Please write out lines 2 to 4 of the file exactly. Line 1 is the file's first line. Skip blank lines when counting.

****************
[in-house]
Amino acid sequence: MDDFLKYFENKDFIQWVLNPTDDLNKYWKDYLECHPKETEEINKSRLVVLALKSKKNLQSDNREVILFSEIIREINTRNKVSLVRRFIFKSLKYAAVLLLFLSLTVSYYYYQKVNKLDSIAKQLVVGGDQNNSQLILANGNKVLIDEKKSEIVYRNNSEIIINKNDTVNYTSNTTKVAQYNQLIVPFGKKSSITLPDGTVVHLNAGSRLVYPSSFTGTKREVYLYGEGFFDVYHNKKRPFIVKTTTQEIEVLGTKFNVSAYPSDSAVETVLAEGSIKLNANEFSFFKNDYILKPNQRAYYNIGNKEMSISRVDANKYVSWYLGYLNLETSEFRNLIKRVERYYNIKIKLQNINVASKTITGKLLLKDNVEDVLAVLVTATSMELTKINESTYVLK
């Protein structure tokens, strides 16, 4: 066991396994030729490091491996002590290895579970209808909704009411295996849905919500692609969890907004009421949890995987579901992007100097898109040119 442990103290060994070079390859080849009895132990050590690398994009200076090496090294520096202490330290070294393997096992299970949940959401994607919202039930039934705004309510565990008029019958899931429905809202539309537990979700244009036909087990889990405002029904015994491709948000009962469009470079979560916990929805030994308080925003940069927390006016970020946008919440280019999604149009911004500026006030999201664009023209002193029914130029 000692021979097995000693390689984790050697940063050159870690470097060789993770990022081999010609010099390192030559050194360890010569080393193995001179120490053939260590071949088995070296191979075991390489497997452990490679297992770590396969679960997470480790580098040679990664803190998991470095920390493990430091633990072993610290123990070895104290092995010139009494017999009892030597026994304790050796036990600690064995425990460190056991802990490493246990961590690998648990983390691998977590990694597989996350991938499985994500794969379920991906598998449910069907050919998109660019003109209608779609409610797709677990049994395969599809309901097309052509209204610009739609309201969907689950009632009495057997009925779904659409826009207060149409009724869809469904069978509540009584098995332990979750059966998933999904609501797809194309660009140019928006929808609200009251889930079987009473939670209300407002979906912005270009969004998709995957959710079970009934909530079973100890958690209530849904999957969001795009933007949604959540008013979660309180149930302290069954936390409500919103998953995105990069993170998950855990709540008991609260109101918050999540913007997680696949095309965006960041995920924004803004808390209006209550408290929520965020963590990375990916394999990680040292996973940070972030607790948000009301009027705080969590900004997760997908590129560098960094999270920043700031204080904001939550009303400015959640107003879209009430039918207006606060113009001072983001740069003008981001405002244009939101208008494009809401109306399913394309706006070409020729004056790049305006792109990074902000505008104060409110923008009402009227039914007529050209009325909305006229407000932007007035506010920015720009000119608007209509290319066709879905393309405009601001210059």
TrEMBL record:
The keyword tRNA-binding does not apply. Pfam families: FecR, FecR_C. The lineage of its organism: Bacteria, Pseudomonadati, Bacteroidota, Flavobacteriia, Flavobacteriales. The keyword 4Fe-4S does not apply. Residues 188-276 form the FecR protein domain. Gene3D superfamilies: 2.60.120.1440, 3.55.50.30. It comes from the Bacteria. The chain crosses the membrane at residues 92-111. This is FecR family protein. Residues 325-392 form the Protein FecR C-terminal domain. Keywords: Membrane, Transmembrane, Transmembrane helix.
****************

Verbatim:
Amino acid sequence: MDDFLKYFENKDFIQWVLNPTDDLNKYWKDYLECHPKETEEINKSRLVVLALKSKKNLQSDNREVILFSEIIREINTRNKVSLVRRFIFKSLKYAAVLLLFLSLTVSYYYYQKVNKLDSIAKQLVVGGDQNNSQLILANGNKVLIDEKKSEIVYRNNSEIIINKNDTVNYTSNTTKVAQYNQLIVPFGKKSSITLPDGTVVHLNAGSRLVYPSSFTGTKREVYLYGEGFFDVYHNKKRPFIVKTTTQEIEVLGTKFNVSAYPSDSAVETVLAEGSIKLNANEFSFFKNDYILKPNQRAYYNIGNKEMSISRVDANKYVSWYLGYLNLETSEFRNLIKRVERYYNIKIKLQNINVASKTITGKLLLKDNVEDVLAVLVTATSMELTKINESTYVLK
């Protein structure tokens, strides 16, 4: 066991396994030729490091491996002590290895579970209808909704009411295996849905919500692609969890907004009421949890995987579901992007100097898109040119 442990103290060994070079390859080849009895132990050590690398994009200076090496090294520096202490330290070294393997096992299970949940959401994607919202039930039934705004309510565990008029019958899931429905809202539309537990979700244009036909087990889990405002029904015994491709948000009962469009470079979560916990929805030994308080925003940069927390006016970020946008919440280019999604149009911004500026006030999201664009023209002193029914130029 000692021979097995000693390689984790050697940063050159870690470097060789993770990022081999010609010099390192030559050194360890010569080393193995001179120490053939260590071949088995070296191979075991390489497997452990490679297992770590396969679960997470480790580098040679990664803190998991470095920390493990430091633990072993610290123990070895104290092995010139009494017999009892030597026994304790050796036990600690064995425990460190056991802990490493246990961590690998648990983390691998977590990694597989996350991938499985994500794969379920991906598998449910069907050919998109660019003109209608779609409610797709677990049994395969599809309901097309052509209204610009739609309201969907689950009632009495057997009925779904659409826009207060149409009724869809469904069978509540009584098995332990979750059966998933999904609501797809194309660009140019928006929808609200009251889930079987009473939670209300407002979906912005270009969004998709995957959710079970009934909530079973100890958690209530849904999957969001795009933007949604959540008013979660309180149930302290069954936390409500919103998953995105990069993170998950855990709540008991609260109101918050999540913007997680696949095309965006960041995920924004803004808390209006209550408290929520965020963590990375990916394999990680040292996973940070972030607790948000009301009027705080969590900004997760997908590129560098960094999270920043700031204080904001939550009303400015959640107003879209009430039918207006606060113009001072983001740069003008981001405002244009939101208008494009809401109306399913394309706006070409020729004056790049305006792109990074902000505008104060409110923008009402009227039914007529050209009325909305006229407000932007007035506010920015720009000119608007209509290319066709879905393309405009601001210059």
TrEMBL record: